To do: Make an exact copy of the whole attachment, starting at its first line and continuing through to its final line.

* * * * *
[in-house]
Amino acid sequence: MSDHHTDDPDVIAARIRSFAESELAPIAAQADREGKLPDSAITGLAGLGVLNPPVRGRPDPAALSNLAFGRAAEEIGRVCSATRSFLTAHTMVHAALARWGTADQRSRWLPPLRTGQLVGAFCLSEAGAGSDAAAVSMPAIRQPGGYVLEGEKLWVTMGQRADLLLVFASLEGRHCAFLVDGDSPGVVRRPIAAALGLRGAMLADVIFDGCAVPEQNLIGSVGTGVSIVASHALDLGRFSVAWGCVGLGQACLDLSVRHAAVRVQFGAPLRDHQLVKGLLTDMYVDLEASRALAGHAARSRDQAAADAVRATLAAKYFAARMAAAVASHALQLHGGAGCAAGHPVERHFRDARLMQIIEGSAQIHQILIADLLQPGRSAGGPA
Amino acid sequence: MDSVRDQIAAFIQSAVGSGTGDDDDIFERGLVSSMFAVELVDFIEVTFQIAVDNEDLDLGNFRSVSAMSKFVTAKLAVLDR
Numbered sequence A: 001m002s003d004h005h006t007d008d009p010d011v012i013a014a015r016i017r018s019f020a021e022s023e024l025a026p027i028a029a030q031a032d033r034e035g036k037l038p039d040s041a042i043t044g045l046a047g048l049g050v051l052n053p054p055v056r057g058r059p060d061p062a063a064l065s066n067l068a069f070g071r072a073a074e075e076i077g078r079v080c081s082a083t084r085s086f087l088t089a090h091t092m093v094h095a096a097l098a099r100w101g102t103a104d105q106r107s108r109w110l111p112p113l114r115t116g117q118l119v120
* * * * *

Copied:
[in-house]
Amino acid sequence: MSDHHTDDPDVIAARIRSFAESELAPIAAQADREGKLPDSAITGLAGLGVLNPPVRGRPDPAALSNLAFGRAAEEIGRVCSATRSFLTAHTMVHAALARWGTADQRSRWLPPLRTGQLVGAFCLSEAGAGSDAAAVSMPAIRQPGGYVLEGEKLWVTMGQRADLLLVFASLEGRHCAFLVDGDSPGVVRRPIAAALGLRGAMLADVIFDGCAVPEQNLIGSVGTGVSIVASHALDLGRFSVAWGCVGLGQACLDLSVRHAAVRVQFGAPLRDHQLVKGLLTDMYVDLEASRALAGHAARSRDQAAADAVRATLAAKYFAARMAAAVASHALQLHGGAGCAAGHPVERHFRDARLMQIIEGSAQIHQILIADLLQPGRSAGGPA
Amino acid sequence: MDSVRDQIAAFIQSAVGSGTGDDDDIFERGLVSSMFAVELVDFIEVTFQIAVDNEDLDLGNFRSVSAMSKFVTAKLAVLDR
Numbered sequence A: 001m002s003d004h005h006t007d008d009p010d011v012i013a014a015r016i017r018s019f020a021e022s023e024l025a026p027i028a029a030q031a032d033r034e035g036k037l038p039d040s041a042i043t044g045l046a047g048l049g050v051l052n053p054p055v056r057g058r059p060d061p062a063a064l065s066n067l068a069f070g071r072a073a074e075e076i077g078r079v080c081s082a083t084r085s086f087l088t089a090h091t092m093v094h095a096a097l098a099r100w101g102t103a104d105q106r107s108r109w110l111p112p113l114r115t116g117q118l119v120